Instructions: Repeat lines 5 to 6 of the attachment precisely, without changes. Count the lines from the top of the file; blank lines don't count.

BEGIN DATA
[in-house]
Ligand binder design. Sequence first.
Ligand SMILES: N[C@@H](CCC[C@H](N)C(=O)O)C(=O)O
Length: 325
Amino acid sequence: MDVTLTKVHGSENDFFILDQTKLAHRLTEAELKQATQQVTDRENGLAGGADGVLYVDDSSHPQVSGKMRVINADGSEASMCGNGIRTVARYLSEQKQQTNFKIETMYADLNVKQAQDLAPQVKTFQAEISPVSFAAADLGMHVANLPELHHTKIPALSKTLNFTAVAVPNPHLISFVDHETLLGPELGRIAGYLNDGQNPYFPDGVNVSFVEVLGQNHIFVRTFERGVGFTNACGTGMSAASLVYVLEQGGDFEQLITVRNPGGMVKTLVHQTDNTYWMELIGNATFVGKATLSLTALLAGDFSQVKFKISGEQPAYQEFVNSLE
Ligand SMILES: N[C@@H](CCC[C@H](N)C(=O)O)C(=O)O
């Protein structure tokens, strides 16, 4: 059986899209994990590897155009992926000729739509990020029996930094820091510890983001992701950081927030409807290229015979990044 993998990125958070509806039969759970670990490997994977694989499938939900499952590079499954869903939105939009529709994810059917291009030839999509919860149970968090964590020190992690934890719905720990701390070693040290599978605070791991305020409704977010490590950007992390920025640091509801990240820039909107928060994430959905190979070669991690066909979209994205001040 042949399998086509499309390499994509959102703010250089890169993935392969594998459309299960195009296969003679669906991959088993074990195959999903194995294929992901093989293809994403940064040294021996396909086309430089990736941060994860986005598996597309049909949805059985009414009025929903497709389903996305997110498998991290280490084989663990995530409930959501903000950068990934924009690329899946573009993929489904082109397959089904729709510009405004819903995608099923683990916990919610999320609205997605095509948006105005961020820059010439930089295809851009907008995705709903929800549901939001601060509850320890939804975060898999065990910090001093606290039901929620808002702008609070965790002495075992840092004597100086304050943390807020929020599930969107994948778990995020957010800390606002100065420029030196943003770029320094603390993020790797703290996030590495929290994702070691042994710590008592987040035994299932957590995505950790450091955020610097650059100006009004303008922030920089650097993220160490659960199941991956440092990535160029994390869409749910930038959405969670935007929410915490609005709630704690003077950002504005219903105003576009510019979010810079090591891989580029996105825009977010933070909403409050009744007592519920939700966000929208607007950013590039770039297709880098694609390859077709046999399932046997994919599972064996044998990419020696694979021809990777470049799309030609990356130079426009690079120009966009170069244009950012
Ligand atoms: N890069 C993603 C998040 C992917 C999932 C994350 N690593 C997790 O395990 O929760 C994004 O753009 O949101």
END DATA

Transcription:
Amino acid sequence: MDVTLTKVHGSENDFFILDQTKLAHRLTEAELKQATQQVTDRENGLAGGADGVLYVDDSSHPQVSGKMRVINADGSEASMCGNGIRTVARYLSEQKQQTNFKIETMYADLNVKQAQDLAPQVKTFQAEISPVSFAAADLGMHVANLPELHHTKIPALSKTLNFTAVAVPNPHLISFVDHETLLGPELGRIAGYLNDGQNPYFPDGVNVSFVEVLGQNHIFVRTFERGVGFTNACGTGMSAASLVYVLEQGGDFEQLITVRNPGGMVKTLVHQTDNTYWMELIGNATFVGKATLSLTALLAGDFSQVKFKISGEQPAYQEFVNSLE
Ligand SMILES: N[C@@H](CCC[C@H](N)C(=O)O)C(=O)O